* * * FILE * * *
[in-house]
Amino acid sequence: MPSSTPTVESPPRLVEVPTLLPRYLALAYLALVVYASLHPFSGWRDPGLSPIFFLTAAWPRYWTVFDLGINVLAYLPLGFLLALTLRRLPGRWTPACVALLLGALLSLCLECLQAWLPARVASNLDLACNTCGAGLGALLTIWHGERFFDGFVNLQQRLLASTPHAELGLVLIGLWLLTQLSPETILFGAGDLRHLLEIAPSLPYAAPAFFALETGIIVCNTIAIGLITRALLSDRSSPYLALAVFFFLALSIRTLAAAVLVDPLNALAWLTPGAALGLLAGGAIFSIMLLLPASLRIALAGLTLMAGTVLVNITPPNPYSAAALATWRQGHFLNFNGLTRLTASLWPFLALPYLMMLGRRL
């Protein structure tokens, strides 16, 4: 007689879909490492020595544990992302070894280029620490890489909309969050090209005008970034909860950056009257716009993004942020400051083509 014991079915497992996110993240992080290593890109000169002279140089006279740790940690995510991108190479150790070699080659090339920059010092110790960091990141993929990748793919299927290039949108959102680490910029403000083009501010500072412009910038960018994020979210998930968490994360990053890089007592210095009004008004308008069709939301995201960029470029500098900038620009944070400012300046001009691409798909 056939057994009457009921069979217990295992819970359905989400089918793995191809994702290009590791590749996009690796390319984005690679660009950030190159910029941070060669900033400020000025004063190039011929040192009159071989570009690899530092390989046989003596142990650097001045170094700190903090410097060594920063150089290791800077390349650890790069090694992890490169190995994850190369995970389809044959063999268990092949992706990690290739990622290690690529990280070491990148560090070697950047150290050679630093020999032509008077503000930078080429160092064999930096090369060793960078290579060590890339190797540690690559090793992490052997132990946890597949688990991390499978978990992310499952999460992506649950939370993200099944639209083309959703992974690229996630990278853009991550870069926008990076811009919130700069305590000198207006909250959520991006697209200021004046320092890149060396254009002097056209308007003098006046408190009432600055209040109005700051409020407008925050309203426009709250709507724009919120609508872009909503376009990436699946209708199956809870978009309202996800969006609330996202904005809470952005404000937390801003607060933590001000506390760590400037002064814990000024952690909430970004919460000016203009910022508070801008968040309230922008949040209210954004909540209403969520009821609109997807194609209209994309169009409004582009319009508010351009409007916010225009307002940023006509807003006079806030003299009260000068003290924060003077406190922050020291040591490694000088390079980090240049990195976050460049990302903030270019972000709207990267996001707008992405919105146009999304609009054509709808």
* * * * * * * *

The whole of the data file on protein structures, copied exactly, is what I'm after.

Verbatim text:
[in-house]
Amino acid sequence: MPSSTPTVESPPRLVEVPTLLPRYLALAYLALVVYASLHPFSGWRDPGLSPIFFLTAAWPRYWTVFDLGINVLAYLPLGFLLALTLRRLPGRWTPACVALLLGALLSLCLECLQAWLPARVASNLDLACNTCGAGLGALLTIWHGERFFDGFVNLQQRLLASTPHAELGLVLIGLWLLTQLSPETILFGAGDLRHLLEIAPSLPYAAPAFFALETGIIVCNTIAIGLITRALLSDRSSPYLALAVFFFLALSIRTLAAAVLVDPLNALAWLTPGAALGLLAGGAIFSIMLLLPASLRIALAGLTLMAGTVLVNITPPNPYSAAALATWRQGHFLNFNGLTRLTASLWPFLALPYLMMLGRRL
């Protein structure tokens, strides 16, 4: 007689879909490492020595544990992302070894280029620490890489909309969050090209005008970034909860950056009257716009993004942020400051083509 014991079915497992996110993240992080290593890109000169002279140089006279740790940690995510991108190479150790070699080659090339920059010092110790960091990141993929990748793919299927290039949108959102680490910029403000083009501010500072412009910038960018994020979210998930968490994360990053890089007592210095009004008004308008069709939301995201960029470029500098900038620009944070400012300046001009691409798909 056939057994009457009921069979217990295992819970359905989400089918793995191809994702290009590791590749996009690796390319984005690679660009950030190159910029941070060669900033400020000025004063190039011929040192009159071989570009690899530092390989046989003596142990650097001045170094700190903090410097060594920063150089290791800077390349650890790069090694992890490169190995994850190369995970389809044959063999268990092949992706990690290739990622290690690529990280070491990148560090070697950047150290050679630093020999032509008077503000930078080429160092064999930096090369060793960078290579060590890339190797540690690559090793992490052997132990946890597949688990991390499978978990992310499952999460992506649950939370993200099944639209083309959703992974690229996630990278853009991550870069926008990076811009919130700069305590000198207006909250959520991006697209200021004046320092890149060396254009002097056209308007003098006046408190009432600055209040109005700051409020407008925050309203426009709250709507724009919120609508872009909503376009990436699946209708199956809870978009309202996800969006609330996202904005809470952005404000937390801003607060933590001000506390760590400037002064814990000024952690909430970004919460000016203009910022508070801008968040309230922008949040209210954004909540209403969520009821609109997807194609209209994309169009409004582009319009508010351009409007916010225009307002940023006509807003006079806030003299009260000068003290924060003077406190922050020291040591490694000088390079980090240049990195976050460049990302903030270019972000709207990267996001707008992405919105146009999304609009054509709808």